KISSIMMEE – In a speech in the the heart of the nation’s Puerto Rican diaspora, Puerto Rico Gov. Ricardo Rosselló vowed to sic Puerto Rican voters on political candidates who do not support the island’s hurricane reconstruction efforts after devastating losses inflicted by Hurricanes María and Irma.
Rosselló, who was joined at his first town hall meeting in Central Florida by Sen. Bill Nelson, Cong. Darren Soto, Florida Gov. Rick Scott and Kissimmee Mayor José Alvarez, said his appearance before a 400-plus capacity crowd at Kissimmee’s civic center was more than an event.
“It is the start of an organization” to push and unify the stateside Puerto Rican population to register to vote and cast ballots not just in Florida, but also in Pennsylvania, Connecticut and Ohio, among other states.
It was time, Rosselló said, to let elected officials know that “there are consequences” for voting against Puerto Rico’s interests, as Congress recently did in the federal tax reform that will make it costlier for companies to operate in Puerto Rico, dealing an economic blow to the island.
Three of four Puerto Ricans – all Democrats – in Congress plan to boycott the presidential inauguration of Donald Trump.
Luis Gutiérrez of Illinois, and Nydia Velázquez and José Serrano of New York have stated publicly they won’t be at the inauguration of the 45th president of the United States. Central Florida’s freshman congressman Darren Soto also added his voice to the growing boycott of the ceremony.
Raúl Labrador, the Republican Congressman from Idaho and a Trump supporter, is likely to attend the event.
“Looking forward to a productive partnership with @realDonaldTrump. We must change business as usual,” Labrador tweeted earlier.
Most of the inauguration rejections – numbering about 40 mostly Democrats and still growing, as of this writing – came after Trump insulted veteran civil rights leader and Georgia Congressman John Lewis on Twitter right before Martin Luther King Jr. Day, stating Lewis was all talk, no action.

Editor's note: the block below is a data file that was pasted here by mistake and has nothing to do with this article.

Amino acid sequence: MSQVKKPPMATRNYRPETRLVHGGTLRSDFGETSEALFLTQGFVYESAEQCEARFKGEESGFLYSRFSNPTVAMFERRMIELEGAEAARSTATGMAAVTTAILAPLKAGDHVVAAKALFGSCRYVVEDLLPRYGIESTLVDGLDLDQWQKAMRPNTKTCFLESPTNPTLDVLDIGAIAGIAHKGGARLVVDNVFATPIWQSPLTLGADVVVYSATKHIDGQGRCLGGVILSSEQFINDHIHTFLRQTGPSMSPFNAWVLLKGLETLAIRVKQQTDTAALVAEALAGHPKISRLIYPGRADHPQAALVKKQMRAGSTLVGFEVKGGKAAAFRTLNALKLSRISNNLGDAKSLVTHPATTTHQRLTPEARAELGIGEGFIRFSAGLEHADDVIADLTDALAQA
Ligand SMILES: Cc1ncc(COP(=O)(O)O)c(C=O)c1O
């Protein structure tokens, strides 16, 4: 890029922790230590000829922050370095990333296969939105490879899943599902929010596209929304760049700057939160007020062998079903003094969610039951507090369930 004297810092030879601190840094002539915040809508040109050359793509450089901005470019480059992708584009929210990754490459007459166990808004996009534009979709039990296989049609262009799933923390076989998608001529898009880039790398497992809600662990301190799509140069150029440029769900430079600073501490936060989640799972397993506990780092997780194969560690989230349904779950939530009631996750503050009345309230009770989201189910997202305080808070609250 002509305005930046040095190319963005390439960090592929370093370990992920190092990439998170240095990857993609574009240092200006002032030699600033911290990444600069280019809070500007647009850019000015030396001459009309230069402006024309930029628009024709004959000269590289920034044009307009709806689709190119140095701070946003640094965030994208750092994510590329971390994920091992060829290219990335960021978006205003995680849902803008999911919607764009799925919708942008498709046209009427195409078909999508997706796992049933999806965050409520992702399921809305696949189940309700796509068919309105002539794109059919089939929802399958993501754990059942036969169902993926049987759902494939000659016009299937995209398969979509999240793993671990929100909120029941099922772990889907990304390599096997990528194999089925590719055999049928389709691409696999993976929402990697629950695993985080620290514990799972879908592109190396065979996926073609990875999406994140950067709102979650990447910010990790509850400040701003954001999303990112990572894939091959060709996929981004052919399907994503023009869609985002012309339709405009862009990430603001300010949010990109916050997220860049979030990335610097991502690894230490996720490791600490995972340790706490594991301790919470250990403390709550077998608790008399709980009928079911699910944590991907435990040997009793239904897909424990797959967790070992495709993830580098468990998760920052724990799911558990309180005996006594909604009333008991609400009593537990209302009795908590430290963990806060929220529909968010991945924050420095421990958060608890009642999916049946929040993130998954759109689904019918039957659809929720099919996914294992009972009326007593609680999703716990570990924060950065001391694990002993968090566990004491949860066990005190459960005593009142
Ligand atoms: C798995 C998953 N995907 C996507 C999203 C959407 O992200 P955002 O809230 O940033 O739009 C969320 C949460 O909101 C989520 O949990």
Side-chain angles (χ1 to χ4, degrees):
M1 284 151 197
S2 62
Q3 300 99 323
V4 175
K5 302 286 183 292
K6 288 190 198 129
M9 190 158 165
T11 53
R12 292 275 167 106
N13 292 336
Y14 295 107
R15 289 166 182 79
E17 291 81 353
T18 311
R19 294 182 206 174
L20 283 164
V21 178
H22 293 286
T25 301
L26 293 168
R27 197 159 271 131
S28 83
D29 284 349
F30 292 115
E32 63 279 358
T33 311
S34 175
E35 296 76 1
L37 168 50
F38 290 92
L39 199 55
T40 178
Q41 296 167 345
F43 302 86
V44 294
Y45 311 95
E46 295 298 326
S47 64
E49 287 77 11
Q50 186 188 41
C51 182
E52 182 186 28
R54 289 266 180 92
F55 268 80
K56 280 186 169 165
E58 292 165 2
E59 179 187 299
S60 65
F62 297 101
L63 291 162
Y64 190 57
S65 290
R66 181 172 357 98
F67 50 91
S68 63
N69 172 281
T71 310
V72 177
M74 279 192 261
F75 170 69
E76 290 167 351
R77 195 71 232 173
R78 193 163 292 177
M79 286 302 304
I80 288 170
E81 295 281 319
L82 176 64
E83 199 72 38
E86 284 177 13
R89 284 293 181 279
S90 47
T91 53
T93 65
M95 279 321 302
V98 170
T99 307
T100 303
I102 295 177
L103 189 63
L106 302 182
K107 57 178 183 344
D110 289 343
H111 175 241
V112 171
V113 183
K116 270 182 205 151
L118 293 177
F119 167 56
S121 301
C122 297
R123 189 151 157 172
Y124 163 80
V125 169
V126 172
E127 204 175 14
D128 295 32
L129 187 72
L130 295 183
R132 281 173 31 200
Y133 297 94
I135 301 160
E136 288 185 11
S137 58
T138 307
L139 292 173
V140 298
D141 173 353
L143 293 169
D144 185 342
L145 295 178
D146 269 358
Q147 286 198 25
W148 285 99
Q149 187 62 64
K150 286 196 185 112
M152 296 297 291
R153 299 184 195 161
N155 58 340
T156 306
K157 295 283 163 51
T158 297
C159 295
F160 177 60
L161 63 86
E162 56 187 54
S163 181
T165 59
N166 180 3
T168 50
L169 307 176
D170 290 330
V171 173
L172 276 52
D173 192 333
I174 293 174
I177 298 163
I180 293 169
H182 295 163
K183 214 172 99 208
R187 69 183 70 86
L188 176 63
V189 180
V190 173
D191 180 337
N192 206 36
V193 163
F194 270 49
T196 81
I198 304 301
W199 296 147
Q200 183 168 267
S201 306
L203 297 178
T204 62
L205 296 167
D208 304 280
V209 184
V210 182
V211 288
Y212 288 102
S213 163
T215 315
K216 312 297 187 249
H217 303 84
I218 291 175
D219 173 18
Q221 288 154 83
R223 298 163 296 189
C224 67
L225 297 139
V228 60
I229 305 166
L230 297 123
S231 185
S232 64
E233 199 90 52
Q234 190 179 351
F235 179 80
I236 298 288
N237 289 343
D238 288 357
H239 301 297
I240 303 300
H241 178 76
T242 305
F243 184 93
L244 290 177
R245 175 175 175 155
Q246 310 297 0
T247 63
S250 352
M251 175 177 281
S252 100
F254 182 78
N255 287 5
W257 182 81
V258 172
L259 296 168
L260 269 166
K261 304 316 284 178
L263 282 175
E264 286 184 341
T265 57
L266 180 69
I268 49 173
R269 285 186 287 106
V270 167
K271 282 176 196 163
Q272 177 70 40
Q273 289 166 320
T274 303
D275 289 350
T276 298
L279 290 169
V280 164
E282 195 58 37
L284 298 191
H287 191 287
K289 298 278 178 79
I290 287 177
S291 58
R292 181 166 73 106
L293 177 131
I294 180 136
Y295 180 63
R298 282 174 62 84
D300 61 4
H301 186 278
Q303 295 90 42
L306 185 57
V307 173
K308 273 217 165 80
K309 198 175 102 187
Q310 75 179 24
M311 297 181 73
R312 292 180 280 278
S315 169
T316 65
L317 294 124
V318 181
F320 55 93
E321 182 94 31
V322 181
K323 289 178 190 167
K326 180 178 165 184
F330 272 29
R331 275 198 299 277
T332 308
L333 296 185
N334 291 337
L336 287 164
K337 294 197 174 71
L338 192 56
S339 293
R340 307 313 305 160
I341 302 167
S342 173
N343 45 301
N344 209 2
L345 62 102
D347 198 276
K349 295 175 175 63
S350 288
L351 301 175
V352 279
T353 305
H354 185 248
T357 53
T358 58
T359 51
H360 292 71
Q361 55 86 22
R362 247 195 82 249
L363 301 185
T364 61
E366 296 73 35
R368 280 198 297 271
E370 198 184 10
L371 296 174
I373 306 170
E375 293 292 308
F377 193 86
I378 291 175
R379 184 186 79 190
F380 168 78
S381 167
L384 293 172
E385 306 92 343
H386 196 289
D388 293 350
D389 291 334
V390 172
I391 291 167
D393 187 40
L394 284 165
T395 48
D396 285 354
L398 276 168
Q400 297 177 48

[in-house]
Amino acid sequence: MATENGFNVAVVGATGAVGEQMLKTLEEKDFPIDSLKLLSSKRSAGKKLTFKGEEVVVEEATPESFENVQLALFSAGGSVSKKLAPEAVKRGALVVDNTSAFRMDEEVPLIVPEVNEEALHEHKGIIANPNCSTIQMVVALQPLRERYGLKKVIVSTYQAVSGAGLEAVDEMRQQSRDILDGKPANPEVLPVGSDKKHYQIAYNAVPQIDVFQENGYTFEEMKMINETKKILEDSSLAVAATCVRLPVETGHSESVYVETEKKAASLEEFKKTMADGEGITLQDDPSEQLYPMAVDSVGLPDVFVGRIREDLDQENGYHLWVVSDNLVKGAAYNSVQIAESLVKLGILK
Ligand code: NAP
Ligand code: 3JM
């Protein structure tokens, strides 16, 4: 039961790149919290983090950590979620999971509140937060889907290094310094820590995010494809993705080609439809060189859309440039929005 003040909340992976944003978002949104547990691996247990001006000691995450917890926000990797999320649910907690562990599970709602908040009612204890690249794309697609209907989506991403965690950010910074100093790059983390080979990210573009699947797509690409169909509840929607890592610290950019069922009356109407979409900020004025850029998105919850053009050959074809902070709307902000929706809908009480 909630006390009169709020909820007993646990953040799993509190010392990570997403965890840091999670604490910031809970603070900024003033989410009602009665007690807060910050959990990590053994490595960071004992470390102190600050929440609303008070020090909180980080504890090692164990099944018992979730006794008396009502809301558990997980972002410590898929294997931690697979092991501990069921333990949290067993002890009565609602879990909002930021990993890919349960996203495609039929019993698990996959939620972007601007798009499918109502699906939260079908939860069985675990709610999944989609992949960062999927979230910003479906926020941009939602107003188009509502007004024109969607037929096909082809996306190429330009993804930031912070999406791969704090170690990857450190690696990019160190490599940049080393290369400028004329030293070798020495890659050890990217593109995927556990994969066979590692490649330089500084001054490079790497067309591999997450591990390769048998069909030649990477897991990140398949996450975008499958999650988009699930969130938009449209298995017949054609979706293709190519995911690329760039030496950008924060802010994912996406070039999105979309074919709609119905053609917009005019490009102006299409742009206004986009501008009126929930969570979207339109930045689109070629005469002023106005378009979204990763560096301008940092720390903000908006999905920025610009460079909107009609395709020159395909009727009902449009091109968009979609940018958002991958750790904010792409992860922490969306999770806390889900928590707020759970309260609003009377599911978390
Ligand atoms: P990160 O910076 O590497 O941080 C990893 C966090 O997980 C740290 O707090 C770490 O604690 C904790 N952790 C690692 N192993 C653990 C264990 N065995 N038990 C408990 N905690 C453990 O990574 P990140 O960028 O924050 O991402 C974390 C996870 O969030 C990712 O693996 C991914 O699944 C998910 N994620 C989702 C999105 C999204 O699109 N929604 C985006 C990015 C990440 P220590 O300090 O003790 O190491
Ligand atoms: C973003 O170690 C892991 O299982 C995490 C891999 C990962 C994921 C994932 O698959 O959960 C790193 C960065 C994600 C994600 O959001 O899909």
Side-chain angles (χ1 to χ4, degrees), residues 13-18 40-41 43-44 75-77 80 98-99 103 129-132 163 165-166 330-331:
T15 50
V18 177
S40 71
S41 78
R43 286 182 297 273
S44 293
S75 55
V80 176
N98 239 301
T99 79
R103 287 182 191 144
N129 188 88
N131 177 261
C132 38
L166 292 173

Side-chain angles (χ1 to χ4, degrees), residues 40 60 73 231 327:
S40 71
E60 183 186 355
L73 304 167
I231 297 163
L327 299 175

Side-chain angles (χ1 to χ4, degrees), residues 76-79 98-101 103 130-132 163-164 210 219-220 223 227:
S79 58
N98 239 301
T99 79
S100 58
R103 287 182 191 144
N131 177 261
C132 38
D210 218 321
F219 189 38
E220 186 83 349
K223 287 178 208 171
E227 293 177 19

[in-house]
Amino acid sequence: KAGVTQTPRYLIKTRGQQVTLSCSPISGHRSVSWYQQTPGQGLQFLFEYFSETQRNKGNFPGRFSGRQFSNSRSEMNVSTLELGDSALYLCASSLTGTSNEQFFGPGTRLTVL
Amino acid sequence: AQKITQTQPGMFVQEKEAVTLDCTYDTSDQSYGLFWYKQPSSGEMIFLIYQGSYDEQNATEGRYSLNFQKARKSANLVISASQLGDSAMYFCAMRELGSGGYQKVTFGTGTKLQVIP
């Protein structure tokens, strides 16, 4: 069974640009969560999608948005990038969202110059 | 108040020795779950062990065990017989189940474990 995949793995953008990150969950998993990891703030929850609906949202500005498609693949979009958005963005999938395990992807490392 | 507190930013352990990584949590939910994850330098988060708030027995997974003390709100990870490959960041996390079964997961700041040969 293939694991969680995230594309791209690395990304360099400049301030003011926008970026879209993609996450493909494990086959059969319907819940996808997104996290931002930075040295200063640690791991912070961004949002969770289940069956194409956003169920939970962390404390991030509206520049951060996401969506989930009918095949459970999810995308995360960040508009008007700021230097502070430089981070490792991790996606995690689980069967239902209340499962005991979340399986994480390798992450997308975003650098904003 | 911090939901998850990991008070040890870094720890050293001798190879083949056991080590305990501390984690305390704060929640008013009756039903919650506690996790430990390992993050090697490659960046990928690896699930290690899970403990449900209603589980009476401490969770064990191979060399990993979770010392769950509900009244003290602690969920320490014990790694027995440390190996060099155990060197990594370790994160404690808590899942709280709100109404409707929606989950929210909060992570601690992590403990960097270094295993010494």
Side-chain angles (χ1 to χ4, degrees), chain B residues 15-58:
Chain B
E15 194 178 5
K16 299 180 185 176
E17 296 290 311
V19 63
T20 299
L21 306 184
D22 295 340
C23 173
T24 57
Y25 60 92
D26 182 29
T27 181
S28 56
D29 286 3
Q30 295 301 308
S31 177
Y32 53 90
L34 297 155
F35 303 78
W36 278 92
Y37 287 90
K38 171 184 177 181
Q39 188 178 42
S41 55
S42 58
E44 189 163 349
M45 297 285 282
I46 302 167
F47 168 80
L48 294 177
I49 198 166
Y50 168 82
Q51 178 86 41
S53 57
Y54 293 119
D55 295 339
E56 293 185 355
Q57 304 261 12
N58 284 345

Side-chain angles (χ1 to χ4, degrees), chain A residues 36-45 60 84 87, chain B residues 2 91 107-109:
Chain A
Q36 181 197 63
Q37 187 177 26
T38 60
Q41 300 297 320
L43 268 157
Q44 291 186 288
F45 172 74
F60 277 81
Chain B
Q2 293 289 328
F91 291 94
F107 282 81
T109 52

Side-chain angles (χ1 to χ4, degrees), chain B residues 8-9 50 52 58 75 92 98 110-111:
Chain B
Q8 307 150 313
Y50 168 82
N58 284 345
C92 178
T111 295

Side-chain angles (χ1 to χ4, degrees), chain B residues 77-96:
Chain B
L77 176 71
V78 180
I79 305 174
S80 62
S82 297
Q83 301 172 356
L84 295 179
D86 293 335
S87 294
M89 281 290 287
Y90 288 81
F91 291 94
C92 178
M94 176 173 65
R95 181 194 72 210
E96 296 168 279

Gutiérrez, who attended George W. Bush‘s inauguration, made a floor speech which he posted on YouTube explaining that “this is different.”
He continued, “The reason I’m not going is that I can’t bring myself to justify morally or intellectually justify the immense power we’re placing in that man’s hands.” Instead, Gutiérrez said he plans to march with women in Washington on January 21.
New York Congresswoman Velázquez tweeted, “@repjohnlewis is a national hero and I stand with him! I also am not attending inauguration given the tone of @realDonaldTrump‘s campaign.”
Serrano also tweeted but didn’t mention Trump by name. “I will not attend the #inauguration2017 next week- cannot celebrate the inauguration of a man who has no regard for my constituents. #Bronx.”
Soto, who represents Congressional District 9 which includes Osceola and parts of Orange and Polk counties, got some immediate pushback on Facebook from Myrna Benítez de Vivaldi.
“This is what happens when you serve your own agenda and not the people. Mr. Soto, you were elected to SERVE a community, people from both parties voted for you because they thought you were a better option so do your work and stop acting like a brat. #Please#HeIsOURpresident#SuckItUpButtercup.”
Benítez is married to Peter Vivaldi, who once ran for the congressional seat that Soto now occupies.
Demings and Murphy to Attend
Unlike Soto, fellow freshman Congresswomen Val Demings of Congressional District 10 and Stephanie Murphy plan to attend, according to Channel 9. However, neither Demings nor Murphy have made public statements about the inauguration, as of this writing.
Demings and Soto are in fairly safe districts, in which either African-Americans or Latino voters, respectively, predominate. They are likely to be re-elected two years from now without much of a hitch.
Not so, Murphy, who ousted veteran Republican Congressman John Mica from Congressional District 7, which includes Seminole and parts of Orange and Volusia counties.
Seminole County is mostly Republican and party supporters have already targeted Murphy, looking to recruit a viable contender to take back the seat. By not attending, Murphy would be providing Republicans strong ammunition against her come re-election time.
Newly sworn Central Florida Congressman Darren Soto (D) plans to push for the presidential vote for Puerto Rico.
It’s the second Puerto Rico-related measure in as many days, as newly elected Puerto Rico Resident Commissioner Jenniffer González today filed a fill to admit Puerto Rico as the 51st state.